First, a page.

Saturday, November 10, 2007

'Muay Thai Unleashed' - Erich Krauss & Glen Cordoza

Like most old guys, I got interested in the martial arts when I saw the seventies and eighties action movies with the likes of Chuck Norris and Bruce Lee. Sometimes, after a few drinks, I might even admit to watching Jean Claude Van Damme's movies. It's one of the reasons I quit drinking.

Those old movies conentrated very heavily on striking arts, and that's where I got my start. Throughout my teens, I was quite a competent karateka - winning my share of medals in knockdown tournaments. Later, I was a successful amateur boxer.

But the grappling bug got me and I forgot the striking arts - figuratively and practically. Then, I started in MMA. I had to get my striking up to par. I began getting my hands and feet ready to fight again. Years out of the ring had blunted my striking senses, so I went looking for resources to help me out.

One of the better resources I've come across in my quest for better striking is 'Muay Thai Unleashed' by Erich Krauss and Glen Cordoza. The book is published by McGraw-Hill and pre-dates Victory Belt - the authors' new publisher. My copy came by way of Budo Videos, who deserve a wrap for their continuing excellent service.

Now, I'm no Thai Boxer. Anyone who knows me can attest to that fact. My first MMA match was against a Muay Thai exponent (I still cringe when I think about the flogging I got there). So, any help I can get combatting the Muay Thai game is helpful. 'Muay Thai Unleashed' is the perfect book for me. It's probably also the perfect book for any beginner to the sport or a more experienced martial artist who wants to learn a little of what the Thais have to offer.

What I like about this book is the writing. Erich Krauss is obviously an experienced writer. He manages to explain the sport at a level the more experienced martial artist can appreciate without being too dry for the rank beginner.

The book doesn't dwell on Muay Thai's rich history. This is a training book, after all. Chapter one opens with a very brief synopsis of that history before beginning a description of the training methods of Muay Thai. Initially, this is done very broadly by peering into the life of a young boxer training in one of Thailand's many camps. The chapter then fleshes out the equipment of the individual and the gym, dispensing some great advice into the bargain. It then goes on to describe some of the philosophies of both physical and mental training aspects.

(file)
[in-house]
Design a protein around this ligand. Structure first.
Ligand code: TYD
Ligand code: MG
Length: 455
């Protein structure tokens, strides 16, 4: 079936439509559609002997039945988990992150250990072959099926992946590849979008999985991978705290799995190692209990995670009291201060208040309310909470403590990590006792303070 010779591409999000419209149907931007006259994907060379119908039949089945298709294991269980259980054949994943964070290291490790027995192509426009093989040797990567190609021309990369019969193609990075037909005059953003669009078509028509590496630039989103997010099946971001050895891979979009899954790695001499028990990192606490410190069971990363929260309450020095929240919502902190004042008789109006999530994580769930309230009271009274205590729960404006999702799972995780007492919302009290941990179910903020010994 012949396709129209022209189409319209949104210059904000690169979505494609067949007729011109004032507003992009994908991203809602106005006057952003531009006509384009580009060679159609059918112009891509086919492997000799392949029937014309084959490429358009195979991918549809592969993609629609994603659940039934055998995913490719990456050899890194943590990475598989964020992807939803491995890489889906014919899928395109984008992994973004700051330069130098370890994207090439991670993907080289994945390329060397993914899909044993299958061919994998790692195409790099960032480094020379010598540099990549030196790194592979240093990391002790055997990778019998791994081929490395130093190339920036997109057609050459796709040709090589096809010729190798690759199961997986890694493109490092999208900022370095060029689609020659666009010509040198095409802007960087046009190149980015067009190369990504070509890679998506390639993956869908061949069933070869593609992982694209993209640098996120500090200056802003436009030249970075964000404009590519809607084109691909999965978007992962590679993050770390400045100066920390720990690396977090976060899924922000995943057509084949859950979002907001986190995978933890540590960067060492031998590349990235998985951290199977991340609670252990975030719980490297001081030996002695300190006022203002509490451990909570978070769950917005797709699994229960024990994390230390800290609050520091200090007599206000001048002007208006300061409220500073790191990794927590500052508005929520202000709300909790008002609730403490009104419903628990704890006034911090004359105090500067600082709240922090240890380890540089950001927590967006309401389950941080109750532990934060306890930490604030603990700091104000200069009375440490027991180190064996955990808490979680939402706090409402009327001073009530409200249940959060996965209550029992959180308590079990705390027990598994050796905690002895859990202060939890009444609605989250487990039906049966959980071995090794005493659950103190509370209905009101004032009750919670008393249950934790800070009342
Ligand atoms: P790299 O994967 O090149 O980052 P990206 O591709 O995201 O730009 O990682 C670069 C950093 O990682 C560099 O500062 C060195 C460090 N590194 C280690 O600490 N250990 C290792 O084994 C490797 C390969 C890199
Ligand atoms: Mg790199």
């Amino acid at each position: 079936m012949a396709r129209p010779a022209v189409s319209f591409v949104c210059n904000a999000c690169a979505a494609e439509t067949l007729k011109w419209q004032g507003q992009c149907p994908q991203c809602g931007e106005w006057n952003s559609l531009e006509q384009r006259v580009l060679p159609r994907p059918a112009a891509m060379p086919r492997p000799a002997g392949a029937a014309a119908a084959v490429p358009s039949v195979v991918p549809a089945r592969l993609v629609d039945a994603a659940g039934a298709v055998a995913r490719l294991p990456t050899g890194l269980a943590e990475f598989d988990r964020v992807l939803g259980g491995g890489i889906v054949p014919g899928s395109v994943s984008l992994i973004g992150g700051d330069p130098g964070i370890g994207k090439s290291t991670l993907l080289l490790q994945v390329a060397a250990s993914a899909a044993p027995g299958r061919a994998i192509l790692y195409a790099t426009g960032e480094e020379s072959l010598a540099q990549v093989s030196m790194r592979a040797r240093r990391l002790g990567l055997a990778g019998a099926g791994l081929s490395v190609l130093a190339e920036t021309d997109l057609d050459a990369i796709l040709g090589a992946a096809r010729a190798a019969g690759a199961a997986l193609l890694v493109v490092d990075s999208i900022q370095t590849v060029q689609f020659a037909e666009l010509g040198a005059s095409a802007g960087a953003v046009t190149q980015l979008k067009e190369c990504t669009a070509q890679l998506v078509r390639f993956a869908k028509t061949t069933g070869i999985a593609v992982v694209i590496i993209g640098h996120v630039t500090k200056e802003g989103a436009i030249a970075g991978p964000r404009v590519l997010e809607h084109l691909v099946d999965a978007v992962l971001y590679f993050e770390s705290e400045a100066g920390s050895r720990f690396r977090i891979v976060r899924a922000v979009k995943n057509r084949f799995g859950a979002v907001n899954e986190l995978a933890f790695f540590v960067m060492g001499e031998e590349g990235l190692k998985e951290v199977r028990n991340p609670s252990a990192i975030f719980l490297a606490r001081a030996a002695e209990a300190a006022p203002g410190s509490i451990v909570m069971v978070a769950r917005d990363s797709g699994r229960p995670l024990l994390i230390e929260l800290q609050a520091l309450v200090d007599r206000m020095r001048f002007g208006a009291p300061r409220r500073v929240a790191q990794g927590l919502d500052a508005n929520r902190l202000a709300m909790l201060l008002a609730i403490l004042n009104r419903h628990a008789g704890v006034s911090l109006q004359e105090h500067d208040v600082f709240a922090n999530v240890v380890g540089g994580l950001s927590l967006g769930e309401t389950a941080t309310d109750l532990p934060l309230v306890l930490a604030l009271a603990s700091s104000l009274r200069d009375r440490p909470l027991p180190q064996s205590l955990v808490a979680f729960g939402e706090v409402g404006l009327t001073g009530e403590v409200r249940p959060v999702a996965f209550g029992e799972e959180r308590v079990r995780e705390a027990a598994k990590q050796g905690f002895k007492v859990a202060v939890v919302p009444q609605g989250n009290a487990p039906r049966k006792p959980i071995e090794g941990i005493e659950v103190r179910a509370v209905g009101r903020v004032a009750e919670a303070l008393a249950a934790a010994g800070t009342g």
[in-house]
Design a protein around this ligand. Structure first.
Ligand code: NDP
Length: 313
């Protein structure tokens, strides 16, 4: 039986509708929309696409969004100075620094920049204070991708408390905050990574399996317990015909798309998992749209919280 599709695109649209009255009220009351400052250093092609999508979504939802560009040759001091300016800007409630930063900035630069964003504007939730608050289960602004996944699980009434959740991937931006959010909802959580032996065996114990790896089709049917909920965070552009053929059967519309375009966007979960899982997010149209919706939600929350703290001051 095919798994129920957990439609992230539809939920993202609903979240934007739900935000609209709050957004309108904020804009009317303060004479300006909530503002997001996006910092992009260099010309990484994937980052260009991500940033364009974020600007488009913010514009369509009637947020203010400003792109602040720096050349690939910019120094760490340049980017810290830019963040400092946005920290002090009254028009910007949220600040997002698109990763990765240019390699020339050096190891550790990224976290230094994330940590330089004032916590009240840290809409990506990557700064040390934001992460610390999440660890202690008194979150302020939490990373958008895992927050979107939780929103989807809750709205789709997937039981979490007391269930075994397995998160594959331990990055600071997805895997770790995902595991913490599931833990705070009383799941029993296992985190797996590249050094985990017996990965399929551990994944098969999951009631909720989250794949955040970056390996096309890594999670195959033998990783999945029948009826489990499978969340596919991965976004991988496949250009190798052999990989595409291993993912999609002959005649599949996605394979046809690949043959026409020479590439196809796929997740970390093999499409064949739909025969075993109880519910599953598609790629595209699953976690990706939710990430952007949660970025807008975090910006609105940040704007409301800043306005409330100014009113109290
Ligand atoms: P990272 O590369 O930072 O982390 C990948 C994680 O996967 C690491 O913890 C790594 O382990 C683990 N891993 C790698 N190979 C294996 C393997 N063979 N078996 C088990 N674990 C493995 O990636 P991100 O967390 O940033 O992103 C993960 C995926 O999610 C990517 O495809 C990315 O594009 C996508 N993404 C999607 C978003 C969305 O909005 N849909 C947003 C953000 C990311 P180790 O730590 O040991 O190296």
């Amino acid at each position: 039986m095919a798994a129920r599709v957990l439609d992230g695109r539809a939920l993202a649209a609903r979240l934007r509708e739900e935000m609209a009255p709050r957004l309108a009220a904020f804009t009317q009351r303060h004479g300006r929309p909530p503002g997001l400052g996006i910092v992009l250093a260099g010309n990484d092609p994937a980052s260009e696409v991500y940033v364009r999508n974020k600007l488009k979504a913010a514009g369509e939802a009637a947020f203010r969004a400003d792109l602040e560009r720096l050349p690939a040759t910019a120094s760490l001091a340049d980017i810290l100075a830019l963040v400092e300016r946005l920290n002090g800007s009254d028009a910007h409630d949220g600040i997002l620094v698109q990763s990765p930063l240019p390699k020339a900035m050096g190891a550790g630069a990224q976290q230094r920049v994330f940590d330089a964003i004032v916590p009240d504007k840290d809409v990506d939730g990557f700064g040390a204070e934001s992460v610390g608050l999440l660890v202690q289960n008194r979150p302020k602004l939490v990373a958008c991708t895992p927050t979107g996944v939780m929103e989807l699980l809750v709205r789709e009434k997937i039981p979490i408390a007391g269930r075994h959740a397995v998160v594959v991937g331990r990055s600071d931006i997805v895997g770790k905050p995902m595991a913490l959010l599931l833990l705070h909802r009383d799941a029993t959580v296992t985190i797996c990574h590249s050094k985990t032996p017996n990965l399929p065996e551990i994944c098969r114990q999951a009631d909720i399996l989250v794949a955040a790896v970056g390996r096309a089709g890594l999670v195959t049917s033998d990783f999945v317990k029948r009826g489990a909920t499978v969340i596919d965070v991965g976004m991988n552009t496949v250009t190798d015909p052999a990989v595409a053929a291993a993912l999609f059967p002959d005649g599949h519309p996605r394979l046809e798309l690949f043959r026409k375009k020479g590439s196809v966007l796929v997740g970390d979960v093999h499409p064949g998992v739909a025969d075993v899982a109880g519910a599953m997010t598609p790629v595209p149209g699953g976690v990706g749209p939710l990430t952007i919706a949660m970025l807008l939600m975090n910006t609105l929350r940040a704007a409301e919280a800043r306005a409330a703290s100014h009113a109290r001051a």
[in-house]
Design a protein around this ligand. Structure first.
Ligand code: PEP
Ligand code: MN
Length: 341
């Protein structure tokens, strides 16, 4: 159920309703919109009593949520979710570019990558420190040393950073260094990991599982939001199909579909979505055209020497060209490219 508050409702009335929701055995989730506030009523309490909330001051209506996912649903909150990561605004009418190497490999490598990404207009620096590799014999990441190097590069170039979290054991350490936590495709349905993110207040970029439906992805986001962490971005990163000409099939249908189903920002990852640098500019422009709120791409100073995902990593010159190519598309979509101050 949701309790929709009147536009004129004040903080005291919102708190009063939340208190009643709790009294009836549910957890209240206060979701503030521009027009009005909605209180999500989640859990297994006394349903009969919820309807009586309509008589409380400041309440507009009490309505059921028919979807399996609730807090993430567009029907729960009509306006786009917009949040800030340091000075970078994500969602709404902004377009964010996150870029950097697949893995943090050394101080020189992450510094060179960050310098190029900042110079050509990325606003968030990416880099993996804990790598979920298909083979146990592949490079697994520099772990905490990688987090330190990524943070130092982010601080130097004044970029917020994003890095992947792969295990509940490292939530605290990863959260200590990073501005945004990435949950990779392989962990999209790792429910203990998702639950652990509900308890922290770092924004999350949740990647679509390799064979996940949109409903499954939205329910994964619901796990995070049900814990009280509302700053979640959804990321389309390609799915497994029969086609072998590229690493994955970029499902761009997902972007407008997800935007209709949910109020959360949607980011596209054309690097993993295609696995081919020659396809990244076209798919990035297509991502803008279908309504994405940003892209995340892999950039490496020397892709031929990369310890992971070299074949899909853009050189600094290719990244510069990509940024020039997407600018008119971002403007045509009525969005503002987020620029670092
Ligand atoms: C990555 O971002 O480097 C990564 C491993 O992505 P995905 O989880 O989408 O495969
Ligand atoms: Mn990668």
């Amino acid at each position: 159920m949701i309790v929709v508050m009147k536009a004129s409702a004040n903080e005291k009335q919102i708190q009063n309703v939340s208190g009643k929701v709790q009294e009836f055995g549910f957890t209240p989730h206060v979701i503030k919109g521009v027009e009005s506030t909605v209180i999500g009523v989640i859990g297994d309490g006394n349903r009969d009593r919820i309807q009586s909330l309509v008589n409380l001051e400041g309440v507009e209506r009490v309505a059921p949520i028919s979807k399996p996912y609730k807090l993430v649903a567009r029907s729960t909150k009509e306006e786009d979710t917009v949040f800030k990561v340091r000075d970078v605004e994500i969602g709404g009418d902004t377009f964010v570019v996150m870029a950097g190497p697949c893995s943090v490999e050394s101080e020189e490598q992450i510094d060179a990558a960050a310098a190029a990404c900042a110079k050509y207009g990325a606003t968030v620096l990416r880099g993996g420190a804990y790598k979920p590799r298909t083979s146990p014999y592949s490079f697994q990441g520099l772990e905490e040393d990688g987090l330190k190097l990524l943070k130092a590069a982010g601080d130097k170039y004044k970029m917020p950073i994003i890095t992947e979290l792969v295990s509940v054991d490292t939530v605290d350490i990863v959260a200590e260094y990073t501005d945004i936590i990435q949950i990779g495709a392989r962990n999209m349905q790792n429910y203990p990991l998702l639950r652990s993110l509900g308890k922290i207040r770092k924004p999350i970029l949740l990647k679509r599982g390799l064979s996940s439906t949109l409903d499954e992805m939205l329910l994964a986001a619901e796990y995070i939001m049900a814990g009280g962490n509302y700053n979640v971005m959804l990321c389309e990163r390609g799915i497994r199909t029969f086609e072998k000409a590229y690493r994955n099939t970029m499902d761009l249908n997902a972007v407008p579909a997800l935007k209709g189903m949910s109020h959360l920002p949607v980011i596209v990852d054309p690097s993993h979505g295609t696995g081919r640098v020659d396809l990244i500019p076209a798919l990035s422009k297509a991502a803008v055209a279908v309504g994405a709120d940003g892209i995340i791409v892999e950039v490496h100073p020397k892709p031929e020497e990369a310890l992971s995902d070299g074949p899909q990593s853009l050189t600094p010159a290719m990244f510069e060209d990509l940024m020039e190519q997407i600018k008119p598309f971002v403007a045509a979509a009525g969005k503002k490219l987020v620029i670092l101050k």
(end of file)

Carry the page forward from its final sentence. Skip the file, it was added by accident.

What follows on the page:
Chapter two covers stances and footwork. This chapter is a simple one with some great insights on movement and some good drills for improving your footwork. It leads well into chapter three, which covers the attacking weapons of Muay Thai. Let me say this. Despite having been a fringe fan of Muay Thai competition for many years, I had no idea of the of the sophistication of the twechniques. And this is a book aimed at the beginner to intermediate fighter. This chapter has helped me break down the differences between the way the Thais do things compared to where my game is. I've found a couple of great improvements right there.

Chapter four deals with the defensive techniques. Starting with the Muay Thai "patented" leg checking and progressing into counters for the attacking techniques. Chapter five deals with pad work and combinations and will help the beginner understand how the pads work (an interesting read in itself) and why the combinations work as they do.Finally, chapter six introduces the reader to the simple, yet effective strength and conditioning work of Muay Thai. It culminates with a review of a professional fighter's program that makes me feel more than a little bit lazy when I'm coming up to a fight.

The book's photos are in black and white, but that doesn't hurt the production at all. The photos are clear and feature technique demonstrated by very proficient Muay Thai stylists. I kind of wanted to see more photos to help me understand things. However, this book isn't meant to replace an instructor. To that end, the photography is spot on.

Ultimately, the book is aimed at the beginner to intermediate Muay Thai stylist. If, however, you're more like me, you might be a more experienced martial artist looking for better ways to do things and hints that will prevent you getting smacked around. If you fit into either of these groups, I highly recommend this book.

It's very informative without being dry and simple without being babyish. Most of all, the passion of the authors shows through.

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